Insights From Our Editors

How Many Patients Are Asked By the Eye Doctor About Possible Allergies?

It seems that most of you are doing a good job at asking patients about possible ocular allergies, but more work in this area may need to be done. Some 64.3 percent of respondents to Jobson Optical Research’s 2012 Adult Consumer Eye Exam Experience say they were asked by the doctor about possible allergies during their last exam while 27.4 percent say they were not. Some 8.3 percent say they can’t remember whether or not they were asked. Click HERE to purchase the full report.

Here are a few statistics about allergies that you should know. (http://www.webmd.com/allergies/allergy-statistics)

Number of people in the US who have either allergy or asthma symptoms

20%

Percentage of the US population that tests positive to one or more allergens

55%

Rank of allergies among other leading chronic diseases in the US

5th

Odds that a child with one allergic parent will develop allergies

33%

Odds that a child with two allergic parents will develop allergies

70%

Percentage of US households with one or more dogs

39%

Percentage of US households with one or more cats

33%

Percentage of all US households with detectable levels of dog and cat dander

100%

Ocular allergies can be divided into SAC and PAC. SAC is Seasonal Allergic Conjunctivitis. SAC involves things like grass, weeds and pollen. Ninety percent of ocular allergies are seasonal. The degree to which people suffer from seasonal allergies is usually greater. Seasonal allergies can only be controlled, not eliminated.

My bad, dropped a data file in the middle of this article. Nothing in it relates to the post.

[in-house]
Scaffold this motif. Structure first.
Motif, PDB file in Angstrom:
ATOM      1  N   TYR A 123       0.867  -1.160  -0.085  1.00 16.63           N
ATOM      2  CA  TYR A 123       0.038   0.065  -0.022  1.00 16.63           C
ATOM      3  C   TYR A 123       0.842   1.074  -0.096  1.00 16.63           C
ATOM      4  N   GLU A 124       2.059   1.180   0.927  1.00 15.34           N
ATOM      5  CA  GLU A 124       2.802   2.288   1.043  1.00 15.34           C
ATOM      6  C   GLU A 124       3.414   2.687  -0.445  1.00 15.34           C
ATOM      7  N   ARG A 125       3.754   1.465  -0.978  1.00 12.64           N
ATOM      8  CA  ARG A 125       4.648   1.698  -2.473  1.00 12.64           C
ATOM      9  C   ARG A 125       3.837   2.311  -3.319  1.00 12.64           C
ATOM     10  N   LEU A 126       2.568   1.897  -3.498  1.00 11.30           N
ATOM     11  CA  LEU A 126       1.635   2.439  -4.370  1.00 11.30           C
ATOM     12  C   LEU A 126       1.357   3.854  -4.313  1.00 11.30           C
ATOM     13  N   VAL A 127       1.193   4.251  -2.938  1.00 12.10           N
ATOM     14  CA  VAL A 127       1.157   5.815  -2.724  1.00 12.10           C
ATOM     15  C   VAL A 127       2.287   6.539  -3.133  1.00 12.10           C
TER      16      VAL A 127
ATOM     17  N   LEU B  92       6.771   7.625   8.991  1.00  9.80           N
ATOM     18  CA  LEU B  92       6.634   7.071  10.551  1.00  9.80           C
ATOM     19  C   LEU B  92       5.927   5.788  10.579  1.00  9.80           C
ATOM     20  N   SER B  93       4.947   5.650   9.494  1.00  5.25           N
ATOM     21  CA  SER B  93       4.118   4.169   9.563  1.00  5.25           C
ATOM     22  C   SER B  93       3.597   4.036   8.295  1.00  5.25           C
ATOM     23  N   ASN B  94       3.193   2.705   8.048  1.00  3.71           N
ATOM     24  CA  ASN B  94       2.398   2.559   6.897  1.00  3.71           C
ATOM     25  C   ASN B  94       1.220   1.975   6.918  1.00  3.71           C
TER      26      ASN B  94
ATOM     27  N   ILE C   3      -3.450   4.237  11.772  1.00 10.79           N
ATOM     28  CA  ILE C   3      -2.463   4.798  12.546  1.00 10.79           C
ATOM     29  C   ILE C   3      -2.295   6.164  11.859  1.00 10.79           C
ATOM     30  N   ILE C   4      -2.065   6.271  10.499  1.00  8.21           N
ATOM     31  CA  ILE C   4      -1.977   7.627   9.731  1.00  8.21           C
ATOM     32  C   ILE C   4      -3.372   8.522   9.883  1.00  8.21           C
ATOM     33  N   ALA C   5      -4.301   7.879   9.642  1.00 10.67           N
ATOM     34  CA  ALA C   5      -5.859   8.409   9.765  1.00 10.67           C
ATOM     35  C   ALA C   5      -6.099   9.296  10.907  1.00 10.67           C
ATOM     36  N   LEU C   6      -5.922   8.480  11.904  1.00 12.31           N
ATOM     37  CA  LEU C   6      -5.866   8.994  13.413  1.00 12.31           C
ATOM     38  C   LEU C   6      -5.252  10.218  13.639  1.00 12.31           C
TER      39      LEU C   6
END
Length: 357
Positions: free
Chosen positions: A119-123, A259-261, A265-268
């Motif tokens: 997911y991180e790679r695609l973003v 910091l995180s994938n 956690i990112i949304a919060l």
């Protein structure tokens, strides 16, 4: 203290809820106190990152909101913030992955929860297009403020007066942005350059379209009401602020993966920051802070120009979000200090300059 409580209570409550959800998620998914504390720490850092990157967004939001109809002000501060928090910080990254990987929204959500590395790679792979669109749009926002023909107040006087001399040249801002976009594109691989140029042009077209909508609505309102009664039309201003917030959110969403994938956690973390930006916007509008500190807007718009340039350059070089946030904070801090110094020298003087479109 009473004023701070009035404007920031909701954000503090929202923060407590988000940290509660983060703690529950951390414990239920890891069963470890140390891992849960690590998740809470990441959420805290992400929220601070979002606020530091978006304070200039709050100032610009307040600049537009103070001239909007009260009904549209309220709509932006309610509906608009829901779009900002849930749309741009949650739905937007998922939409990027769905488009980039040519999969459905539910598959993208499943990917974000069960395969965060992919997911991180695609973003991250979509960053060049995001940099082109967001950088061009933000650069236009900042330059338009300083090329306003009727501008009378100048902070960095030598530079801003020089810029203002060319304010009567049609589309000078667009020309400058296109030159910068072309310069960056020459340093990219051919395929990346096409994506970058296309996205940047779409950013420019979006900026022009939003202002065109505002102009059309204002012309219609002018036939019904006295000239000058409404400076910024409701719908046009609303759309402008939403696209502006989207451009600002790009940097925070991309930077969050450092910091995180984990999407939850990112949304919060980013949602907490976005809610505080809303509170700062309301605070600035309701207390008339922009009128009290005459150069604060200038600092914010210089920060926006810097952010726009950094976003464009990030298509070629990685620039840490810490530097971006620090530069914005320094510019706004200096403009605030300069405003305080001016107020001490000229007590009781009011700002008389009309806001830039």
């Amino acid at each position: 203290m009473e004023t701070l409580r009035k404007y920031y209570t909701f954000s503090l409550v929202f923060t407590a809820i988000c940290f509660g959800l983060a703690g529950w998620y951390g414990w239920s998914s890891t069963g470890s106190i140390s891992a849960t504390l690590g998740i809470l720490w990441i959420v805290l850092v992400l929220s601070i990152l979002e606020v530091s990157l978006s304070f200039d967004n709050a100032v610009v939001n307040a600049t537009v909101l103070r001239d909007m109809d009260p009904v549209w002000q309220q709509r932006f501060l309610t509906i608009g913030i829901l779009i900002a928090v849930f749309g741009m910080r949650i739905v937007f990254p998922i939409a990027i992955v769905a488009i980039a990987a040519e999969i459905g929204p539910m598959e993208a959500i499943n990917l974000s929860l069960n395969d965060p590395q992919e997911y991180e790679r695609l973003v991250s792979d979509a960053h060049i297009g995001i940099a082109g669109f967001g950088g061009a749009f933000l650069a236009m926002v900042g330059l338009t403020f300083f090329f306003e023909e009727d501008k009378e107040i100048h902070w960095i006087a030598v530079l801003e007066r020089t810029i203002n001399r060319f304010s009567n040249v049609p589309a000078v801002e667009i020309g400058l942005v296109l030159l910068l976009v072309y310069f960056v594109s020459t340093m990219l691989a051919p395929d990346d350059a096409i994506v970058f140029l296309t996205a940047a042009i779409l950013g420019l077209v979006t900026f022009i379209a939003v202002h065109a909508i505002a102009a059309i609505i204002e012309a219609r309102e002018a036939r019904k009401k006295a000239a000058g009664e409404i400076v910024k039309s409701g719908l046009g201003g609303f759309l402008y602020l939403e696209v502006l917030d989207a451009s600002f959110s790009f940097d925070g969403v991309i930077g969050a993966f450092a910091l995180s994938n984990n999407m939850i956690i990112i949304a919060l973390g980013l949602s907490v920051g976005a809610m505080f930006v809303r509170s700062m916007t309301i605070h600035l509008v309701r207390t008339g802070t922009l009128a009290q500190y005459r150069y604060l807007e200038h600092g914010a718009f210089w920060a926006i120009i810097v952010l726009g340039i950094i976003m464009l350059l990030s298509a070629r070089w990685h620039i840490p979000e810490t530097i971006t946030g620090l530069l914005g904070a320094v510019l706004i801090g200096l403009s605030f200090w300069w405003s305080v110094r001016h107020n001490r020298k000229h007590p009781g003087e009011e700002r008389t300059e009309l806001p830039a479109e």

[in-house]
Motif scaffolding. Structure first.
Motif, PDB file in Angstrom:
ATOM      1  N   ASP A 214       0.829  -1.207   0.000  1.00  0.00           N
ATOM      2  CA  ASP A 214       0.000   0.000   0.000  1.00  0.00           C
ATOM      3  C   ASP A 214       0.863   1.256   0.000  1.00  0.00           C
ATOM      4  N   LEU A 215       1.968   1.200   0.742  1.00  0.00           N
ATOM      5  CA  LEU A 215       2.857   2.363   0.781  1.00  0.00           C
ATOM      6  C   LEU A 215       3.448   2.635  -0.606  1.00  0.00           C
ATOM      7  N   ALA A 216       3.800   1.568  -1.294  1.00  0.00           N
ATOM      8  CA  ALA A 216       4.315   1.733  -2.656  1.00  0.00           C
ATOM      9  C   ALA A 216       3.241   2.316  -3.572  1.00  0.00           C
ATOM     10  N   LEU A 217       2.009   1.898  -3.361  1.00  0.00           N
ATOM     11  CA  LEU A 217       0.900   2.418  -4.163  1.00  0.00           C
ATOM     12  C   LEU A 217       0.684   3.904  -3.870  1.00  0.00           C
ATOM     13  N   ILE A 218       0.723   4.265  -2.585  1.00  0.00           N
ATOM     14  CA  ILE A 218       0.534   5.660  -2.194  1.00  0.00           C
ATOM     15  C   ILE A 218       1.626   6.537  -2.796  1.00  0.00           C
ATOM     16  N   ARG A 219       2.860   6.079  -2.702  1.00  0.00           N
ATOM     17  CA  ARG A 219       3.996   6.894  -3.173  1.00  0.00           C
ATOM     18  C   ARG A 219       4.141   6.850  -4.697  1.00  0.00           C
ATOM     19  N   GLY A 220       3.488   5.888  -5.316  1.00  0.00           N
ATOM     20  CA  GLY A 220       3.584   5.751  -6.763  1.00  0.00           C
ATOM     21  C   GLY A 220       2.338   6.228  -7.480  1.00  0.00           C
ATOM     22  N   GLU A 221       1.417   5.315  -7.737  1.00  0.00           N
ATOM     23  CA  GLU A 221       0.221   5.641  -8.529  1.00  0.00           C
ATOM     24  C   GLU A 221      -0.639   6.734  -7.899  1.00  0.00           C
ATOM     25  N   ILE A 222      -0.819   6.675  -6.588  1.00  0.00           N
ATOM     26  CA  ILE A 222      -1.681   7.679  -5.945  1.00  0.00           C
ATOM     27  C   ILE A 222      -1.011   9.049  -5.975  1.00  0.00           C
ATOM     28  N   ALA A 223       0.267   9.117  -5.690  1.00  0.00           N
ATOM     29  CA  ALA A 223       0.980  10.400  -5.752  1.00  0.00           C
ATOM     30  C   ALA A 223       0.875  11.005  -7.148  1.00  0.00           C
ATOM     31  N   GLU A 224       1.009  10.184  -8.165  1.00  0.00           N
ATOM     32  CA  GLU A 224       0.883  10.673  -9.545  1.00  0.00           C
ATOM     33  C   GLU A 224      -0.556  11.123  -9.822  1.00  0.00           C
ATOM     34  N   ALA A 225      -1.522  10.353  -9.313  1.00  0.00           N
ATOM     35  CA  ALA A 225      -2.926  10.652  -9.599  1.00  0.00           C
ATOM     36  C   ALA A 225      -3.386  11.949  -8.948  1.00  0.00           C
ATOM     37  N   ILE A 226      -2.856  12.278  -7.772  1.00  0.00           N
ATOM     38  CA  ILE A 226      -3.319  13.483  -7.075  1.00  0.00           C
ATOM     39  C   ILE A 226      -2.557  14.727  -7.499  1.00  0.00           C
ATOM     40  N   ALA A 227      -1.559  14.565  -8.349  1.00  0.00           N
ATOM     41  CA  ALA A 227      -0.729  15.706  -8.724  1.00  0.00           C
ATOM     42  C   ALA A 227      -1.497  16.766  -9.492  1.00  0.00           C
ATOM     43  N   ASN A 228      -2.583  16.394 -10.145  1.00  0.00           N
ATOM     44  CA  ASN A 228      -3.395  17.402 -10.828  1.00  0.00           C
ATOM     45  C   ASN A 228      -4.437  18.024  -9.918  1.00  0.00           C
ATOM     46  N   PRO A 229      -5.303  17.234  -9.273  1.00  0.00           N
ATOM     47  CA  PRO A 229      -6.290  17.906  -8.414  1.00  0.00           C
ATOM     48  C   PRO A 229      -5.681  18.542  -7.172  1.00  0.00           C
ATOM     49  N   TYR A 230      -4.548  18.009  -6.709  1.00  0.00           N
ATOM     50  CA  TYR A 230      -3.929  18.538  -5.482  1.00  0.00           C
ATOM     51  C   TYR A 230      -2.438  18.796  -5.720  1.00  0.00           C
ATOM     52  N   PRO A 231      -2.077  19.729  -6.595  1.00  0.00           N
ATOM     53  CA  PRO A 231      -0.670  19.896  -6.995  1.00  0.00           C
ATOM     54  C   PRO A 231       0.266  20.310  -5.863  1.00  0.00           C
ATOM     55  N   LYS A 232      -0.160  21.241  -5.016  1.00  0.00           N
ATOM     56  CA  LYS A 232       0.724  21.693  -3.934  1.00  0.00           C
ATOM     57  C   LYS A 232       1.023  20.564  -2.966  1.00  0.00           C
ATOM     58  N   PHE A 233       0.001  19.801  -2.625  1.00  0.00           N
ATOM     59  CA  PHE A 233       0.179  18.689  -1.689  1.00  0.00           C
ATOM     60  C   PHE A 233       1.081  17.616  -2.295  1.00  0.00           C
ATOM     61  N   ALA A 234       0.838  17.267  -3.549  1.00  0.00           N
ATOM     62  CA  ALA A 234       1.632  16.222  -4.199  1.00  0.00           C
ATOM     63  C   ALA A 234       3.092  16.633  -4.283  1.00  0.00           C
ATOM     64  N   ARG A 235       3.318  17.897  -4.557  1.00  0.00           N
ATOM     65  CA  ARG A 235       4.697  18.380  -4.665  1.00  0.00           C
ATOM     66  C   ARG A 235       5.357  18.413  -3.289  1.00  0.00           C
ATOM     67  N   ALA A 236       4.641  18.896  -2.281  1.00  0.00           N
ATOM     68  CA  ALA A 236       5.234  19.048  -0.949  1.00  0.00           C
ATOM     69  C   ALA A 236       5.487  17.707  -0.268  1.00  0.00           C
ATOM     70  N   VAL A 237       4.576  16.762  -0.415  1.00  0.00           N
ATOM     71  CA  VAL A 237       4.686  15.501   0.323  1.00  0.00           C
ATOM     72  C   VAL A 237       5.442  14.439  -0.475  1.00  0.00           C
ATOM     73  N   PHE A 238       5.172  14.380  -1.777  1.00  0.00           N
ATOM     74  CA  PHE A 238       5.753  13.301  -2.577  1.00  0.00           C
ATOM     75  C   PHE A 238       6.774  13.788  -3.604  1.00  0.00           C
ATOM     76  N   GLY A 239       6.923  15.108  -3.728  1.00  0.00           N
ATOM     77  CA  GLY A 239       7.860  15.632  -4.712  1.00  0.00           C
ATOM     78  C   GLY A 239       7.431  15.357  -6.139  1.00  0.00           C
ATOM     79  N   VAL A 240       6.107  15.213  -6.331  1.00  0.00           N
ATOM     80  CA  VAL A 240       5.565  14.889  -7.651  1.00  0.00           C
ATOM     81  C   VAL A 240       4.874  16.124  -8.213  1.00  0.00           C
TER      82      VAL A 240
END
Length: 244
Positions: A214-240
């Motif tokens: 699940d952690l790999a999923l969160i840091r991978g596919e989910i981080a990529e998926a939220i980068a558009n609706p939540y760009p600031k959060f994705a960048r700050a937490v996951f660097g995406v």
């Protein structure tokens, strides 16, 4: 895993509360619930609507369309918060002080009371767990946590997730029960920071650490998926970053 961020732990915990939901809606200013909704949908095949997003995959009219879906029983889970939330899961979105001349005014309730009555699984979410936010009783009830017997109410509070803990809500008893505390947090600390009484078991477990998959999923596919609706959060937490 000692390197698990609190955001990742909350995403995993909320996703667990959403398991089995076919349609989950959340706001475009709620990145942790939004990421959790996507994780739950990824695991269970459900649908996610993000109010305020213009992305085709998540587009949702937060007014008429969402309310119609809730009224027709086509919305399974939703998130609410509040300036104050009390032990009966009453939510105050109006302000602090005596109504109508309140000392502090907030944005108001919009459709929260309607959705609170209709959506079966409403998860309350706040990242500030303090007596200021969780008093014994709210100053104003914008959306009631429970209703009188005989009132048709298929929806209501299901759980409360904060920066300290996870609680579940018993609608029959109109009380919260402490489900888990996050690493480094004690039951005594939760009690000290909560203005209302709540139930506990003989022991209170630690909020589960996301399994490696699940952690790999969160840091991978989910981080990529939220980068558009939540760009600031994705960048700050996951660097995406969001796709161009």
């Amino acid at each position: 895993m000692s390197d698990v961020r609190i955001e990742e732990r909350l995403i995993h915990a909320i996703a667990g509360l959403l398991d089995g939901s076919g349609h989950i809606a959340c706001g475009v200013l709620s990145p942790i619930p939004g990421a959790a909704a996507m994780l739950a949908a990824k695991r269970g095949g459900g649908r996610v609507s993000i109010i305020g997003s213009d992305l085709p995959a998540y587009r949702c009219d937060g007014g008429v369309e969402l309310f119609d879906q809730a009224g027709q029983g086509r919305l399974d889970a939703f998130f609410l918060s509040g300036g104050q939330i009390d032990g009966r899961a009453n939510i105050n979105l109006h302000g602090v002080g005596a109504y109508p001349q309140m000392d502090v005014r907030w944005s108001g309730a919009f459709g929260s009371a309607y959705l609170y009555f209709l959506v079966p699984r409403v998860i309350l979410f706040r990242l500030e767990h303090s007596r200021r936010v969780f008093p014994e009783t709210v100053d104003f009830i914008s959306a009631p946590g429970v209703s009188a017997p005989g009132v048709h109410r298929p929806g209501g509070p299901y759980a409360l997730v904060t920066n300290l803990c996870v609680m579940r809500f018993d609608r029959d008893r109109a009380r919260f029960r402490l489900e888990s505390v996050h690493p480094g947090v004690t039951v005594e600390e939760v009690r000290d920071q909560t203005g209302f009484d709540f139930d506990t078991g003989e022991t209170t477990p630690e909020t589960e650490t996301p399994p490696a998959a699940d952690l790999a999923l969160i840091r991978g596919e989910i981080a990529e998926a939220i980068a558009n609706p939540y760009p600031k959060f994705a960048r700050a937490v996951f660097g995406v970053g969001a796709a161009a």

One of the problems we can encounter in practice is the patient seen in the winter who does not mention during their office visit the seasonal allergies they experience in the spring or fall. It’s the old out of sight, out of mind phenomena. This is why it is so important to ask not just about current allergies but about those that may occur at different times during the year.

PAC is Perennial Allergic Conjunctivitis. PAC involves things like dust mites, animal dander and mold. Five percent of ocular allergies are perennial. Perennial allergens can be removed from the home by cleaning and protective covers.

Some people suffer from both SAC and PAC.

Since both SAC and PAC have common signs and symptoms, make sure you ask about:

  • Burning sensation
  • Eyelid swelling/puffiness
  • Foreign body sensation
  • Itching
  • Redness
  • Tearing
  • Watery eyes

And don’t forget to ask about cigarette smoke, diesel exhaust and perfume.

Primary management for both SAC and PAC includes avoidance, pharmaceutical agents and single-use contact lenses.

Click HERE for an article on the role of single-use contact lens technologies with lubricating agents in providing an enhanced barrier to airborne allergens.

Your action plan for this week is to review how you approach SAC and PAC in your office. To help you in your review, answer these three questions.

  1. Have you identified at least 20 percent of your total patient population with having either allergy or asthma symptoms?
  2. Does your entering history adequately explore ocular allergies?
  3. Do you ask ocular allergy questions of every patient?

Unidentified conditions are untreated conditions. If we want to improve the quality of life of every patient we see, then we need to make sure we identify and help all of our patients with ocular allergies.

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